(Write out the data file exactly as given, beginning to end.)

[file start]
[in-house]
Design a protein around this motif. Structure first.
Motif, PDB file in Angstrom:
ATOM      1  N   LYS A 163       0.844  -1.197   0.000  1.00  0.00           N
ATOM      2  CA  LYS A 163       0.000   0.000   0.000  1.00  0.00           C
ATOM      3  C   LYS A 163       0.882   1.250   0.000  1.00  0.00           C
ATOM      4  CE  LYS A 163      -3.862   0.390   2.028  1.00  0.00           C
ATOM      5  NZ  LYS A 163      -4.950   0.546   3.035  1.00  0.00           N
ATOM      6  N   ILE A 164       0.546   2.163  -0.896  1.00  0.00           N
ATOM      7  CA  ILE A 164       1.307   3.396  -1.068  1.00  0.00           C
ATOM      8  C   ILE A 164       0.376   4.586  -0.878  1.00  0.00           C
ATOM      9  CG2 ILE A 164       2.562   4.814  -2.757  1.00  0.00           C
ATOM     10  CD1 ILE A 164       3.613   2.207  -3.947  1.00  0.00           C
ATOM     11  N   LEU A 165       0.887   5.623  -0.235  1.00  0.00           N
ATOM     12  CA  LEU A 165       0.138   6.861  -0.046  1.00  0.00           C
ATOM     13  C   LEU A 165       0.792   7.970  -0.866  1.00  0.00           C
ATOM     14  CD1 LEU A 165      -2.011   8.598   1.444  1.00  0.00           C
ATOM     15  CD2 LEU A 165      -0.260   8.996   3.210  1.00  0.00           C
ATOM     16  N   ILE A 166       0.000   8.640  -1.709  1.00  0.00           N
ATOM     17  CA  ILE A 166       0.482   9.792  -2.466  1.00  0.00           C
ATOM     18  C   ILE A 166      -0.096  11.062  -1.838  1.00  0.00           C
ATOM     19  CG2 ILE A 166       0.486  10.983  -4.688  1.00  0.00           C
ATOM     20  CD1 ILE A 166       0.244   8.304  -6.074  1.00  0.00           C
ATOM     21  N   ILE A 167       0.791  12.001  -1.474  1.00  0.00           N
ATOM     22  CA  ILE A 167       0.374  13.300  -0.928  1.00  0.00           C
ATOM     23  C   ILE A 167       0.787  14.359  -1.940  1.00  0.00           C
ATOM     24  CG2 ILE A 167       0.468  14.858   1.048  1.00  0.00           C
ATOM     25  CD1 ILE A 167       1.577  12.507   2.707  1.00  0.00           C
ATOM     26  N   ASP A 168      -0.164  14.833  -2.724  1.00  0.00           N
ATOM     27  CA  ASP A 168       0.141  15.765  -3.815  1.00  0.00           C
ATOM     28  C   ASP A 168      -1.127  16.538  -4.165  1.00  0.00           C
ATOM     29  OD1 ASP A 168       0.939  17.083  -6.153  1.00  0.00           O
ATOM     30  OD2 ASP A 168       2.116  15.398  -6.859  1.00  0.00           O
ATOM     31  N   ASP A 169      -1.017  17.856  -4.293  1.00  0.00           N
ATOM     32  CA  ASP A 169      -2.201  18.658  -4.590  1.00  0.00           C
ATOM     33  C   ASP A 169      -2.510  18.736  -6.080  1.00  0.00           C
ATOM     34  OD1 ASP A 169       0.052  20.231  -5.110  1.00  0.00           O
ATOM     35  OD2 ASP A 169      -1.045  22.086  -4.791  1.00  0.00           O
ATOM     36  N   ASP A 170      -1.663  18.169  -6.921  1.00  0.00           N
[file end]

[in-house]
Design a protein around this motif. Structure first.
Motif, PDB file in Angstrom:
ATOM      1  N   LYS A 163       0.844  -1.197   0.000  1.00  0.00           N
ATOM      2  CA  LYS A 163       0.000   0.000   0.000  1.00  0.00           C
ATOM      3  C   LYS A 163       0.882   1.250   0.000  1.00  0.00           C
ATOM      4  CE  LYS A 163      -3.862   0.390   2.028  1.00  0.00           C
ATOM      5  NZ  LYS A 163      -4.950   0.546   3.035  1.00  0.00           N
ATOM      6  N   ILE A 164       0.546   2.163  -0.896  1.00  0.00           N
ATOM      7  CA  ILE A 164       1.307   3.396  -1.068  1.00  0.00           C
ATOM      8  C   ILE A 164       0.376   4.586  -0.878  1.00  0.00           C
ATOM      9  CG2 ILE A 164       2.562   4.814  -2.757  1.00  0.00           C
ATOM     10  CD1 ILE A 164       3.613   2.207  -3.947  1.00  0.00           C
ATOM     11  N   LEU A 165       0.887   5.623  -0.235  1.00  0.00           N
ATOM     12  CA  LEU A 165       0.138   6.861  -0.046  1.00  0.00           C
ATOM     13  C   LEU A 165       0.792   7.970  -0.866  1.00  0.00           C
ATOM     14  CD1 LEU A 165      -2.011   8.598   1.444  1.00  0.00           C
ATOM     15  CD2 LEU A 165      -0.260   8.996   3.210  1.00  0.00           C
ATOM     16  N   ILE A 166       0.000   8.640  -1.709  1.00  0.00           N
ATOM     17  CA  ILE A 166       0.482   9.792  -2.466  1.00  0.00           C
ATOM     18  C   ILE A 166      -0.096  11.062  -1.838  1.00  0.00           C
ATOM     19  CG2 ILE A 166       0.486  10.983  -4.688  1.00  0.00           C
ATOM     20  CD1 ILE A 166       0.244   8.304  -6.074  1.00  0.00           C
ATOM     21  N   ILE A 167       0.791  12.001  -1.474  1.00  0.00           N
ATOM     22  CA  ILE A 167       0.374  13.300  -0.928  1.00  0.00           C
ATOM     23  C   ILE A 167       0.787  14.359  -1.940  1.00  0.00           C
ATOM     24  CG2 ILE A 167       0.468  14.858   1.048  1.00  0.00           C
ATOM     25  CD1 ILE A 167       1.577  12.507   2.707  1.00  0.00           C
ATOM     26  N   ASP A 168      -0.164  14.833  -2.724  1.00  0.00           N
ATOM     27  CA  ASP A 168       0.141  15.765  -3.815  1.00  0.00           C
ATOM     28  C   ASP A 168      -1.127  16.538  -4.165  1.00  0.00           C
ATOM     29  OD1 ASP A 168       0.939  17.083  -6.153  1.00  0.00           O
ATOM     30  OD2 ASP A 168       2.116  15.398  -6.859  1.00  0.00           O
ATOM     31  N   ASP A 169      -1.017  17.856  -4.293  1.00  0.00           N
ATOM     32  CA  ASP A 169      -2.201  18.658  -4.590  1.00  0.00           C
ATOM     33  C   ASP A 169      -2.510  18.736  -6.080  1.00  0.00           C
ATOM     34  OD1 ASP A 169       0.052  20.231  -5.110  1.00  0.00           O
ATOM     35  OD2 ASP A 169      -1.045  22.086  -4.791  1.00  0.00           O
ATOM     36  N   ASP A 170      -1.663  18.169  -6.921  1.00  0.00           N